None of this is to say that there were not truly aristocratic elements present in the American colonies. There were; they were called loyalists or Tories, and the vast majority of them left after their side lost the War for Independence. (It would take decades for a substantial “aristocracy” of slaveholding planters to develop.) Ancestry is not destiny, of course. Moreover, it has proven all too easy for observers to mistake the republicanism of America for a democratic culture in the contemporary sense. When Tocqueville wrote of Democracy in America, he was comparing American society with the hereditary aristocracies of Europe, among which even British culture was considered rather egalitarian on account of class intermarriage and the susceptibility of English nobles to taxation. There was only a remnant or rump of an inherited aristocracy in the New World—that in Virginia, headed by a small number of younger sons of lesser nobles. But there was a common commitment to an ordered society, by which was meant a society consisting of differing orders of persons, with some ranking higher than others.
American aristocracy would be “natural” aristocracy. Talent, industry and in some places perceived godliness would constitute valid claims to high status. The roots of this aristocracy lay in the practices of religious communities and the practical habits born of adventurous and commercial lives. The “better sort” would be highly educated by any standard. Their fundamentally British education would encompass the classics of Greek and Roman politics and letters. The culture of the mind, as it were, would be in some ways more British than that of the English themselves, for it would be more widespread and take in sources on the periphery of the English imagination, for example various Calvinist writings. There also would be immigration throughout the colonial era. Scots in particular would help shape the mind of the colonies and new nation as they brought elements of the Scottish Enlightenment and common sense philosophy to these shores.
All this is to say that the roots of our culture are undeniably British, but also republican and Calvinist. The Protestantism of American culture is filtered through the communalist, localist lens of local religious self-government, and there was scant room for aristocracy in the true sense, here. As to other religions, American culture from the beginning was relatively tolerant (banishing more than hanging). But bearers of this culture had no qualms about asserting their cultural hegemony. Catholics in particular had to work for many decades to even begin to enrich this culture’s mind and, alas, would not fully succeed before their own educational establishment crumbled. And this brings to mind the contemporary cultural challenge for those who would renew our traditions and way of life.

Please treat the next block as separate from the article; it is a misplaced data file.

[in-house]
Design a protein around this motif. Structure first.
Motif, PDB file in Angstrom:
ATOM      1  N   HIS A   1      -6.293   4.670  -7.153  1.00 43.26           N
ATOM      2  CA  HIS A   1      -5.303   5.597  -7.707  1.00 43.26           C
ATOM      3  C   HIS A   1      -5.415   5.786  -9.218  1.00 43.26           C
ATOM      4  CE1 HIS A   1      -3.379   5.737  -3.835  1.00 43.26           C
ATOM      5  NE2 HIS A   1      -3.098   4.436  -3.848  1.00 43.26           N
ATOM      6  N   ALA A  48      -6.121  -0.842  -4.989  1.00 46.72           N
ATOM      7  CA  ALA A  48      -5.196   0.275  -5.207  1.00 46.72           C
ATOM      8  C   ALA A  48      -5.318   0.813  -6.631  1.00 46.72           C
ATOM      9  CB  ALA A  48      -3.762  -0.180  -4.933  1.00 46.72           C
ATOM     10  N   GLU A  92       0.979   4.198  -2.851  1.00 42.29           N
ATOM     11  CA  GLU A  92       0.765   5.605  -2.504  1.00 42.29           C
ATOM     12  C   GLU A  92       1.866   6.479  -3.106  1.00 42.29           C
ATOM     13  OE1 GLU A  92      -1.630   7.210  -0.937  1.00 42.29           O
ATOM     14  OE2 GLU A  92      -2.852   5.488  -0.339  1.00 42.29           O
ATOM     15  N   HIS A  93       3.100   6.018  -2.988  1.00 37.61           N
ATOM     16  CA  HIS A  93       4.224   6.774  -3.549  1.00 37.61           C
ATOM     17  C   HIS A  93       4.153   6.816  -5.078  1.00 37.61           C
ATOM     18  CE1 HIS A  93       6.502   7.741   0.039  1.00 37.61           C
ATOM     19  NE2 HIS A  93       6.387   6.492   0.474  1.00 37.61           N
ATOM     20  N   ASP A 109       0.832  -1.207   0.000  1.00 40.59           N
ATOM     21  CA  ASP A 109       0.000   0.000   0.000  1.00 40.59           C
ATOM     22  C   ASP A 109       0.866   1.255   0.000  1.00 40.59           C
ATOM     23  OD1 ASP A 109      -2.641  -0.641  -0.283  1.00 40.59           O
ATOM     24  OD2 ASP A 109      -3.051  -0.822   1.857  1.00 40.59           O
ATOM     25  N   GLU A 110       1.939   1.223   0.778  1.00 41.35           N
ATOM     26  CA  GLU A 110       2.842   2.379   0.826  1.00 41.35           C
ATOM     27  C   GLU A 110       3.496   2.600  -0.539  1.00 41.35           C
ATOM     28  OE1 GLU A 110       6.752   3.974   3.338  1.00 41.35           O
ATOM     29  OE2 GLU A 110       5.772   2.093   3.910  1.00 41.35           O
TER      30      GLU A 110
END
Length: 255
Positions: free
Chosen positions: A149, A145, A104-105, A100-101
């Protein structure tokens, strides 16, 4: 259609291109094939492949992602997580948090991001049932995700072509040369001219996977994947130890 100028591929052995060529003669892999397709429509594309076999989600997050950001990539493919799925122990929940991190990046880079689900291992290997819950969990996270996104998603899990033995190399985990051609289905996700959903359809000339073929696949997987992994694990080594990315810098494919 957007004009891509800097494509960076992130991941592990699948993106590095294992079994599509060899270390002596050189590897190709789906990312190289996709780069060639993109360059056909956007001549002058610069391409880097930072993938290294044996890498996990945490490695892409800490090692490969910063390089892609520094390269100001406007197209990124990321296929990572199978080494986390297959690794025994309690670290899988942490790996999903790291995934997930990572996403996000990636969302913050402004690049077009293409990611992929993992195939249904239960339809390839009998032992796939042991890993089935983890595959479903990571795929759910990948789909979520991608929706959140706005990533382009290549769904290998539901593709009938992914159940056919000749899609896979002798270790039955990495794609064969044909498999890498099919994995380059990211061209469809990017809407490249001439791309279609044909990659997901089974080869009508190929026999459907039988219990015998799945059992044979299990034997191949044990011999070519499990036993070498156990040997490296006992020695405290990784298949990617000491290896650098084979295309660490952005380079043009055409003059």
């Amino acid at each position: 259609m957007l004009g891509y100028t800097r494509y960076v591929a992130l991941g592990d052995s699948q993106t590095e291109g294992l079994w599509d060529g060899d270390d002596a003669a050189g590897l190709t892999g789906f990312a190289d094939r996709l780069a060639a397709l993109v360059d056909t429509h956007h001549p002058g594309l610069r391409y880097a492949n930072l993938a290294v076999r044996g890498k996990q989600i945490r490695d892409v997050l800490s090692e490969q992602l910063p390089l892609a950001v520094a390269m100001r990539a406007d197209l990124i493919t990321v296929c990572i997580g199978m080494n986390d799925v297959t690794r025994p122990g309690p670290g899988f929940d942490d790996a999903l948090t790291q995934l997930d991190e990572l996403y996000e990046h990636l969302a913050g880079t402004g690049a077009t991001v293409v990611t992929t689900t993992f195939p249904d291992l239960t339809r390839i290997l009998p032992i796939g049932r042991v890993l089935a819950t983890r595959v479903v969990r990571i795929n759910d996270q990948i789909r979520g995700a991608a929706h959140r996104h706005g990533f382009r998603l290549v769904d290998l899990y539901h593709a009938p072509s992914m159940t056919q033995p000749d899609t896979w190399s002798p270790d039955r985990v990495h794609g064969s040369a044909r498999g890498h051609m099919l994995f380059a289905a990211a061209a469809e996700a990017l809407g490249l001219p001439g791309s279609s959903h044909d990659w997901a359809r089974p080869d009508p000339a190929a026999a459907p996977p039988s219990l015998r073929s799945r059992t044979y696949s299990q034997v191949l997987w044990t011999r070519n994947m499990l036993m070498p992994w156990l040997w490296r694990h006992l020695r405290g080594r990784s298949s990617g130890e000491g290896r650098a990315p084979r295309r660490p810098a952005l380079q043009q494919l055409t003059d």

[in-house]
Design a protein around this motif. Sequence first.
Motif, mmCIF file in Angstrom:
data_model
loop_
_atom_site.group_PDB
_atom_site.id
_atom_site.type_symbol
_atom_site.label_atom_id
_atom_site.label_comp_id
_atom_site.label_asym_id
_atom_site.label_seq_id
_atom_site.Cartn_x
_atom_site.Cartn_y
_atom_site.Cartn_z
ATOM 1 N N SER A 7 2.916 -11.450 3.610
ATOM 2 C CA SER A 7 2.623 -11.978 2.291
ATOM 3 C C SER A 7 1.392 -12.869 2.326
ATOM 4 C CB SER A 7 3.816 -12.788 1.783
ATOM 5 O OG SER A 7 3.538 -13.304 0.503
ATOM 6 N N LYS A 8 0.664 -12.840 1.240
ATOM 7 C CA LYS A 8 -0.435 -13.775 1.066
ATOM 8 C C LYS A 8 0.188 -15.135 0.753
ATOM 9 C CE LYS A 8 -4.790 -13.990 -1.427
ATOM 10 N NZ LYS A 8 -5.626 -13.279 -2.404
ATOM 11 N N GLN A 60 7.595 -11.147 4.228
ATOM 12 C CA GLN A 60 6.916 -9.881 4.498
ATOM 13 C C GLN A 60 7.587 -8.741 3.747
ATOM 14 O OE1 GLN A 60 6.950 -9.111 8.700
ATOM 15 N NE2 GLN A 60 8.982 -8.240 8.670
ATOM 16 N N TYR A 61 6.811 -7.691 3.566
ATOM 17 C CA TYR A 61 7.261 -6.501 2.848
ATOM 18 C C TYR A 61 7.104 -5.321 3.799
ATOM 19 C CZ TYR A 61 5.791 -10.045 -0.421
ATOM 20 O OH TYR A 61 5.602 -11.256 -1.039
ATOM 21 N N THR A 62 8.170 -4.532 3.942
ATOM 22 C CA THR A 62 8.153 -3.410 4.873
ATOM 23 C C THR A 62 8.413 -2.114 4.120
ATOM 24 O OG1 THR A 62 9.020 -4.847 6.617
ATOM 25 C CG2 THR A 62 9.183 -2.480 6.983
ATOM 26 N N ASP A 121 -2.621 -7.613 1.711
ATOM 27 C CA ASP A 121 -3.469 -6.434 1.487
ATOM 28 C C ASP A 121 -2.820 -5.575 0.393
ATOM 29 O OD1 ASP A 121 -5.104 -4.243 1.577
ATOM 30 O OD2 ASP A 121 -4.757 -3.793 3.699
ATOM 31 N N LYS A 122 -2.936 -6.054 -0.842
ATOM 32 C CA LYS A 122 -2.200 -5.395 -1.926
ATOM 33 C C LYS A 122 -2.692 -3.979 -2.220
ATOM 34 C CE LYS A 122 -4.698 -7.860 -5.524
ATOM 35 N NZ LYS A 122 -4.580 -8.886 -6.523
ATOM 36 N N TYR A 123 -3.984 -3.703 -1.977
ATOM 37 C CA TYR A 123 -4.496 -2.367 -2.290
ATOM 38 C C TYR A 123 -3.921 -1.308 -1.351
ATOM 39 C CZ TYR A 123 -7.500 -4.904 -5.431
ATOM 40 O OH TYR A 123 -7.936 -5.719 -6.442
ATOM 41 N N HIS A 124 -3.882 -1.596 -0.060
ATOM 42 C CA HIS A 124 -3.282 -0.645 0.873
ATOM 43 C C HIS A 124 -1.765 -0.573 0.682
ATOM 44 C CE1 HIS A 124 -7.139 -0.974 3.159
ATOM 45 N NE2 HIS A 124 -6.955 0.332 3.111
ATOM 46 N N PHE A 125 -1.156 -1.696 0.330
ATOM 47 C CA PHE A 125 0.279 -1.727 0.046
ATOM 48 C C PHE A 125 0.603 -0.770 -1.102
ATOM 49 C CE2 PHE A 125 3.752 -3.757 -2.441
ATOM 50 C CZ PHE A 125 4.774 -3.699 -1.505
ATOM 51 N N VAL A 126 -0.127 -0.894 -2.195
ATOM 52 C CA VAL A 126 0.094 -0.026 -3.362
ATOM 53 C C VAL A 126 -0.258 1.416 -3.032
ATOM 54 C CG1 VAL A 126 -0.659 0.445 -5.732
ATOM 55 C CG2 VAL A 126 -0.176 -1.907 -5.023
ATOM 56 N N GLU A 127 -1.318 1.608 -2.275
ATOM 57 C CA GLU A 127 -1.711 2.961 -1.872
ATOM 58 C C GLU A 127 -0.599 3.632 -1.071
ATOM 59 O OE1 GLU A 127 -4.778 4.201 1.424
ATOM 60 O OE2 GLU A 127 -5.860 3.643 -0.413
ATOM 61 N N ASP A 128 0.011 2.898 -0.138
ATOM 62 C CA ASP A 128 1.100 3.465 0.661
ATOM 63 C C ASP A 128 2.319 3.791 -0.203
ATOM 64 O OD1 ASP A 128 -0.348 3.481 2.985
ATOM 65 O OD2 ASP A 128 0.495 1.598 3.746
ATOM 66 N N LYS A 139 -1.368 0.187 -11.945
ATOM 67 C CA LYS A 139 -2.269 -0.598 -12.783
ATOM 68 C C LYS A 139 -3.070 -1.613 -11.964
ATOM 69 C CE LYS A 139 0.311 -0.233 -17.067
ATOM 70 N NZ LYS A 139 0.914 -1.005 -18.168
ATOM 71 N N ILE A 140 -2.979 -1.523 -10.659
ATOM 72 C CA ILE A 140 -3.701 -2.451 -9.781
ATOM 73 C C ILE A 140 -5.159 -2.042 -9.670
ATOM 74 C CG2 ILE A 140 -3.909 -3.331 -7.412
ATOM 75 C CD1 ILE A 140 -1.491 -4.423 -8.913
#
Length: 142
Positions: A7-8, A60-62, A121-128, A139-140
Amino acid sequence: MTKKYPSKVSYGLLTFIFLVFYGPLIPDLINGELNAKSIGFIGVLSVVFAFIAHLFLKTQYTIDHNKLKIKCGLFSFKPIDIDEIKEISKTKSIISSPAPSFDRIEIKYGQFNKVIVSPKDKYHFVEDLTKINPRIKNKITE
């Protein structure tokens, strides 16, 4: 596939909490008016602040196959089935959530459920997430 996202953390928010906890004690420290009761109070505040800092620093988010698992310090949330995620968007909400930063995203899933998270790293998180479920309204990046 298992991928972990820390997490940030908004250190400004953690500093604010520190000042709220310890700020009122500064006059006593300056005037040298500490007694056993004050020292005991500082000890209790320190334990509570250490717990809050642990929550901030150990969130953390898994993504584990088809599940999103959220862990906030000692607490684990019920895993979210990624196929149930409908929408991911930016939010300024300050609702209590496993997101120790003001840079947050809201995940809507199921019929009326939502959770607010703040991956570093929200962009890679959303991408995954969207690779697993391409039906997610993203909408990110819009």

The deeper roots of contemporary rights, duties, and understandings lay within traditions still relatively unknown to the dominant culture. They have their origins in the Middle Ages, in the Church’s battles with kings and nobles, in the formation of the canon law and, from it, the western legal tradition, and through this to both Catholic and Protestant city-states and federations that sought to uphold piety, liberty, and self-government. These roots must be re-discovered and renewed among both Protestants and Catholics if we are to maintain the tree of ordered liberty and constitutional self-government they support.
Given the character of American culture, it is not surprising that Catholics and evangelicals have so much in common yet have so much trouble cooperating for common ends. Tocqueville noted that an American township resembled a medieval French village as something live resembles the same thing after death. Catholics struggle to revive the practical groundings of their faith in the midst of institutional breakdown and subservient clericalism. At the same time, however, Protestants, especially of the serious Calvinist bent, struggle to communicate to themselves as well as others the concrete grounds for the way of life they know in their bones instantiates the permanent goods of mankind.
Whatever the status of today’s “clash of civilizations,” within the United States the so-called culture war is not being fought primarily among people of differing faiths, but rather between people of faith and people who seek to drive faith from the public square. Sadly, this is a decades-old struggle, still not fully recognized. But such recognition should cause all people of faith to work with one another, despite theological differences, to the extent that they support and seek to renew our common culture. I leave for another post discussion of how far such a common culture extends in regard to immigrant groups. It clearly extends to Jews, whose faith has had such influence on our own faith and culture, both historically and through cultural cross-pollenization in America. Where members of other faiths are concerned, the issue is not one of theology primarily, but of sustained commitment to a way of life.
Books on the topic of this essay may be found in The Imaginative Conservative Bookstore.